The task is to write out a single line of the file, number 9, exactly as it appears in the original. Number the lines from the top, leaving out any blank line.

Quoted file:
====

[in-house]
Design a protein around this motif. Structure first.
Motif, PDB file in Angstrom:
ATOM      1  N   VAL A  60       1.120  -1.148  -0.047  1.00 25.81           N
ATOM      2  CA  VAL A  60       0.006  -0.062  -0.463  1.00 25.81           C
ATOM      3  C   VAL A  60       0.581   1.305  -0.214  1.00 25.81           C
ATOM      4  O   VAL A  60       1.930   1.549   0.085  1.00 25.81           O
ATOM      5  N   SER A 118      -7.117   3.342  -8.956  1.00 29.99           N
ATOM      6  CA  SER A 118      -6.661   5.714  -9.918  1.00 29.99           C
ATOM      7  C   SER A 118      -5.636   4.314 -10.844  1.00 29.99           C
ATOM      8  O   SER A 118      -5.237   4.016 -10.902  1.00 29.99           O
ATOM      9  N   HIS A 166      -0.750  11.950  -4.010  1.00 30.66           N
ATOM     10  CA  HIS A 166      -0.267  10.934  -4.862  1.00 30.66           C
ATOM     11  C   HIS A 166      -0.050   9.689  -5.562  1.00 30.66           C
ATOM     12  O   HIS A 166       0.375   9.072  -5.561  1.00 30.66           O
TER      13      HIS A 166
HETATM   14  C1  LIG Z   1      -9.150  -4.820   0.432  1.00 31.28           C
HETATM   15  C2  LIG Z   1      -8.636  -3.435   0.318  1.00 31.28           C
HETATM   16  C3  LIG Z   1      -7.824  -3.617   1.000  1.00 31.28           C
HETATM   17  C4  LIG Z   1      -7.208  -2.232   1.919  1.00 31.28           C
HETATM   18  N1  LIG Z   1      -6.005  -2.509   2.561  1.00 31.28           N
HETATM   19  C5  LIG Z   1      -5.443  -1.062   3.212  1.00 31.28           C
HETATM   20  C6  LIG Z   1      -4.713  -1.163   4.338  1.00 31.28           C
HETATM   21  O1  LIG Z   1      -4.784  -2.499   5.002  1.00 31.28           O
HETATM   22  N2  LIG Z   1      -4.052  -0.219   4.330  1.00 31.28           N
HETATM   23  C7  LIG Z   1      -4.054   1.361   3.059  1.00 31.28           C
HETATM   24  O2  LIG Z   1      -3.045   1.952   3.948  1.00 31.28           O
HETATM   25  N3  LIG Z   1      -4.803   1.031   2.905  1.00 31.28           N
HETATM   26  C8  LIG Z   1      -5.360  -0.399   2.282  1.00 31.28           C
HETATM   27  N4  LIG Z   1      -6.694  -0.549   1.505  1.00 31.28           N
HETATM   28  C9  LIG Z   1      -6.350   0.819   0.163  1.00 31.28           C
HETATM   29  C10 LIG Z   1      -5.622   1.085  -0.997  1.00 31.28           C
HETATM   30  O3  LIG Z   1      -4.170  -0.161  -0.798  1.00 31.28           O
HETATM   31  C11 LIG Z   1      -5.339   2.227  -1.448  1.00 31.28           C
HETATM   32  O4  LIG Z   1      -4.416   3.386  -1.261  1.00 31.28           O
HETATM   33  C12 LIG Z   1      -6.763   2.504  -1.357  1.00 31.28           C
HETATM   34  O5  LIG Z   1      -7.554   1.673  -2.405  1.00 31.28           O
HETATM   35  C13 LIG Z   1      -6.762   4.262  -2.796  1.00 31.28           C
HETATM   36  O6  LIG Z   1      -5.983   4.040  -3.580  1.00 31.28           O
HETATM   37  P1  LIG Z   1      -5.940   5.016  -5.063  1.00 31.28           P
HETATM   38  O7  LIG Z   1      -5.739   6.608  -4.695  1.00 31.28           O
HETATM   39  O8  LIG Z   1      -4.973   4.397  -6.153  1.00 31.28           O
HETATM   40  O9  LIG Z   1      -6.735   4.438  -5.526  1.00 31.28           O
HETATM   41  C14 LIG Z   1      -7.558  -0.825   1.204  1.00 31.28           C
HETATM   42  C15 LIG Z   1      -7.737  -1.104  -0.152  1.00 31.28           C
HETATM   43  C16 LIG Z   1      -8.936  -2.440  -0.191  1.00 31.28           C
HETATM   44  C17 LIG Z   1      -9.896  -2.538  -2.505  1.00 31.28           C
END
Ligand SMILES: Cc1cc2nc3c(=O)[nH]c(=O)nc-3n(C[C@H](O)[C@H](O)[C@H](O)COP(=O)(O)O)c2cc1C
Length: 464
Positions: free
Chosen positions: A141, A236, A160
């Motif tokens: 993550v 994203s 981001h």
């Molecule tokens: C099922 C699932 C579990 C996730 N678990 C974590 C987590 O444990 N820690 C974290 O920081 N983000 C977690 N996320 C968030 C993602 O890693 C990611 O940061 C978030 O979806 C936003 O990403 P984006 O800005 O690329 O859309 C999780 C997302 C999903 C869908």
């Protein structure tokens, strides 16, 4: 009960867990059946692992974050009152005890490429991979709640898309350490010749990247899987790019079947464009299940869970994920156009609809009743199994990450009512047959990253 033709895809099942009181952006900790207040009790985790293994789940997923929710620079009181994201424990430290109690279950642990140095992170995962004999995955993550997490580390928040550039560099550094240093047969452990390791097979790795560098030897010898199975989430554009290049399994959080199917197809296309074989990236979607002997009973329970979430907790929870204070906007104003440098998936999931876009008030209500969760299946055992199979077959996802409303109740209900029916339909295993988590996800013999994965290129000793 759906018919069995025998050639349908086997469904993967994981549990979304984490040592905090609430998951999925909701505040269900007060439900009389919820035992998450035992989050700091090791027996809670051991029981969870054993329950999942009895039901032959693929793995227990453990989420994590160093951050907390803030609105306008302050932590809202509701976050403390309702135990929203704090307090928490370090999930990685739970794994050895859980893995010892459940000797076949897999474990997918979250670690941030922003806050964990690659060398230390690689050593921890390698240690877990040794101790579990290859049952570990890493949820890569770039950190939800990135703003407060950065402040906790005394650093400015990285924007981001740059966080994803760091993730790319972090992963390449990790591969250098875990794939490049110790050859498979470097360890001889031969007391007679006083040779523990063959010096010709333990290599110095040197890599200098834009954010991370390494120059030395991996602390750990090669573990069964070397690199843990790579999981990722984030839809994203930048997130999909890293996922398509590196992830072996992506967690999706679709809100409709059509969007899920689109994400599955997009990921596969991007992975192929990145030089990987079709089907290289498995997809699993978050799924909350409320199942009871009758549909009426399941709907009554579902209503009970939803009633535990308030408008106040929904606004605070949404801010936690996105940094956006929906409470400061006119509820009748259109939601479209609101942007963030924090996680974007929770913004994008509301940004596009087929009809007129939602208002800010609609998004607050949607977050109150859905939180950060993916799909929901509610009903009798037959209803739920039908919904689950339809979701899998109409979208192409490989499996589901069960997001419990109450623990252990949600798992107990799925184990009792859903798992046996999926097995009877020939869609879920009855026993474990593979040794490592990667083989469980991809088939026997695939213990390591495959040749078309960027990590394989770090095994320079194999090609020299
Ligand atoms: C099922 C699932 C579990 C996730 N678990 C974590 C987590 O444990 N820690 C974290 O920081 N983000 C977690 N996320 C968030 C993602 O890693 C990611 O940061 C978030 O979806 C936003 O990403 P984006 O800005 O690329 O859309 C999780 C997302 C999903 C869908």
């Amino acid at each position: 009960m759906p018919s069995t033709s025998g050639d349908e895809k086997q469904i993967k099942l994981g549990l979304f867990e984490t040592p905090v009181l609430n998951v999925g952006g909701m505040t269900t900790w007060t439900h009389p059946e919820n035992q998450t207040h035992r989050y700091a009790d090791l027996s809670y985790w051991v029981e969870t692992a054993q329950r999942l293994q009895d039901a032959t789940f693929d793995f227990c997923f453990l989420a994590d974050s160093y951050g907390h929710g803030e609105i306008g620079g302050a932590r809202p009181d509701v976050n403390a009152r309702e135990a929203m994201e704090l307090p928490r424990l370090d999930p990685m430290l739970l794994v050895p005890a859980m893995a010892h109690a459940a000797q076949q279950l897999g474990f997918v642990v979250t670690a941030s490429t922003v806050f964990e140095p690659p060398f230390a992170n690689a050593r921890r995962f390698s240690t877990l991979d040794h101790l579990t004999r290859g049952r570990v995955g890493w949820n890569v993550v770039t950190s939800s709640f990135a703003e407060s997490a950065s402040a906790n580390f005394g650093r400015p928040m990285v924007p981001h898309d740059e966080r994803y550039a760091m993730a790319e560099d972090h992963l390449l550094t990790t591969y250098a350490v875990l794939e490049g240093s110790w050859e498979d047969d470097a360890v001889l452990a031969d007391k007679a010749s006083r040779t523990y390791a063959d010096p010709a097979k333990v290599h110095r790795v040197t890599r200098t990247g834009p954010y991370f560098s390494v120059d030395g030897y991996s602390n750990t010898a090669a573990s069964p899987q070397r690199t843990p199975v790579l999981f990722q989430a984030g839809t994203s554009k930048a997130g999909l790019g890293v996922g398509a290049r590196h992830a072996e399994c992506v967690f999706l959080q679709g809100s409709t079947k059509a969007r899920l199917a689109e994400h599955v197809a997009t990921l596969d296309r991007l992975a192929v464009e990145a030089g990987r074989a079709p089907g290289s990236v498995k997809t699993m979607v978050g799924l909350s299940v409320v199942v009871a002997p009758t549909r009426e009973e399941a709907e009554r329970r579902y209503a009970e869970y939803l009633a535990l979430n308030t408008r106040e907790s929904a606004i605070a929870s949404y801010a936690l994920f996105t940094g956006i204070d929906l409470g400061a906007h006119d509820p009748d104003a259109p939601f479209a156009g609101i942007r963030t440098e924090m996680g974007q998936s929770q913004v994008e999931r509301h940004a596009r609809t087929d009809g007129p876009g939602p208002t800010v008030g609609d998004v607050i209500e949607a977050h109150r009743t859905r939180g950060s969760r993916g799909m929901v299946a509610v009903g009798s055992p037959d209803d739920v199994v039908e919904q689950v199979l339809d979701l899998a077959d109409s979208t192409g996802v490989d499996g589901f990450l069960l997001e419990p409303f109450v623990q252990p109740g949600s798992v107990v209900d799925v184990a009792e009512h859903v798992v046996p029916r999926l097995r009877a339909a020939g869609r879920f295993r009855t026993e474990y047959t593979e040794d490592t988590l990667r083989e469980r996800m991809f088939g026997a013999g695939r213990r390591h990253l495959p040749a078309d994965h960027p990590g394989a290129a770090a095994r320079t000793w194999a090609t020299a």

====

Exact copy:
ATOM      6  CA  SER A 118      -6.661   5.714  -9.918  1.00 29.99           C